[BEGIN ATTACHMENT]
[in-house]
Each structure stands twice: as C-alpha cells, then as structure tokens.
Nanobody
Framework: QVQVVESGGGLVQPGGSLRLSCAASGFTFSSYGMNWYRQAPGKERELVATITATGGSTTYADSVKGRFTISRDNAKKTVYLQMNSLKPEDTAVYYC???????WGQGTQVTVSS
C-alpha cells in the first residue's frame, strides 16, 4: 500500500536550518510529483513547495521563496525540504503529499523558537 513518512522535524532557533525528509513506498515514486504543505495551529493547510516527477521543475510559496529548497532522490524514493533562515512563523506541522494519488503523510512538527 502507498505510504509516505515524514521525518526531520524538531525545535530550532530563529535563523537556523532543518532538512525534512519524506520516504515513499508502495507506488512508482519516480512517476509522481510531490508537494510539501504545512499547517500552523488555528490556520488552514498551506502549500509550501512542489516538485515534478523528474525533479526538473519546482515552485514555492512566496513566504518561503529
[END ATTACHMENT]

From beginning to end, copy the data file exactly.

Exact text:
[in-house]
Each structure stands twice: as C-alpha cells, then as structure tokens.
Nanobody
Framework: QVQVVESGGGLVQPGGSLRLSCAASGFTFSSYGMNWYRQAPGKERELVATITATGGSTTYADSVKGRFTISRDNAKKTVYLQMNSLKPEDTAVYYC???????WGQGTQVTVSS
C-alpha cells in the first residue's frame, strides 16, 4: 500500500536550518510529483513547495521563496525540504503529499523558537 513518512522535524532557533525528509513506498515514486504543505495551529493547510516527477521543475510559496529548497532522490524514493533562515512563523506541522494519488503523510512538527 502507498505510504509516505515524514521525518526531520524538531525545535530550532530563529535563523537556523532543518532538512525534512519524506520516504515513499508502495507506488512508482519516480512517476509522481510531490508537494510539501504545512499547517500552523488555528490556520488552514498551506502549500509550501512542489516538485515534478523528474525533479526538473519546482515552485514555492512566496513566504518561503529